A director once said to Harrison Ford, "The minute you saw Tony Curtis on screen, playing a grocery delivery boy, you knew he was going to be a star," to which Ford replied, "I thought he was supposed to be a grocery delivery boy." Well, there are movie stars, and there are actors. Tony Curtis happens to be both.
Back in 1999, "Private Screenings" host Robert Osborne interviewed Tony Curtis and the result is a candid interview punctuated with humor, some regret and some anger. In his heart, Curtis never left Manhattan's east side, never lost his competitive spirit and never stopped being a scrappy, resourceful and creative individual. A love for the movies and an adoration for the elegant stars such as Cary Grant lifted him out of his circumstances. Why did he enlist in the navy? "Because Cary Grant made a movie called "Destination Tokyo" and Tyrone Power made a movie called "Crash Dive." Curtis talks about his early days in Hollywood and how his looks got in the way of getting good roles at first; his marriage and divorce from Janet Leigh; the stars with whom he worked, including Jack Lemmon, Marilyn Monroe, Kirk Douglas and Burt Lancaster; and that infamous scene in "Spartacus." He speaks empathetically about Monroe and kindly about Douglas and Lancaster. Having worked for Tony, I can say the truth is somewhere in between.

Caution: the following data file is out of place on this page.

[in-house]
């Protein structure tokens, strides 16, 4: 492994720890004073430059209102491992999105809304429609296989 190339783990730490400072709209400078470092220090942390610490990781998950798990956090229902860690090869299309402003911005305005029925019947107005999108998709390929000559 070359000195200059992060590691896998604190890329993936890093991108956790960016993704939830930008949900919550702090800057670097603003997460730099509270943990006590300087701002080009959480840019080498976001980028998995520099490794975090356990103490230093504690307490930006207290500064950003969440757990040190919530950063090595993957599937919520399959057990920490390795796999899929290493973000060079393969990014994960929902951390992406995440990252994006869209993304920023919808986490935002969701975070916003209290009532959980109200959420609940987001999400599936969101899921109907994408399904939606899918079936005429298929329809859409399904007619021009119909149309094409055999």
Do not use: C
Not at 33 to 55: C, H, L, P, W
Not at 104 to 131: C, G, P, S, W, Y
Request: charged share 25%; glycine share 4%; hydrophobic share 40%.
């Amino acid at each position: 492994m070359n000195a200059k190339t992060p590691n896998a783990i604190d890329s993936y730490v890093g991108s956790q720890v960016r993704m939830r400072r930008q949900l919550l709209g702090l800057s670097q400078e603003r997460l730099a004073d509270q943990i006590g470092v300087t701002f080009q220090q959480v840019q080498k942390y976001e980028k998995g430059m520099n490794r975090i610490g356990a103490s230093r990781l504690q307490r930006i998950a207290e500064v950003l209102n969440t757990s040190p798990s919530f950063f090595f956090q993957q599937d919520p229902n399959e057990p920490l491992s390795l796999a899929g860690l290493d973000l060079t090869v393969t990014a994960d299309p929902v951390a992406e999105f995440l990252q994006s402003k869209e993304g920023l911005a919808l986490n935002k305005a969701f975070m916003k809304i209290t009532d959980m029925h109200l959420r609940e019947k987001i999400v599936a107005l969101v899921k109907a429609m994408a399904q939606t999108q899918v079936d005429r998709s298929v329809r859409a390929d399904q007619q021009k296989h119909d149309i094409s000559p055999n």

This episode of Private Screenings is 9 years old, and Curtis is now approaching 83, an age he never thought he'd see. Since that interview, his son Nicholas has died of a drug overdose, he nearly died from pneumonia, and he's moved to Las Vegas. It doesn't matter where he goes
he'll always be a tough New Yorker, a great storyteller -- and feel a
little bit like an outsider.
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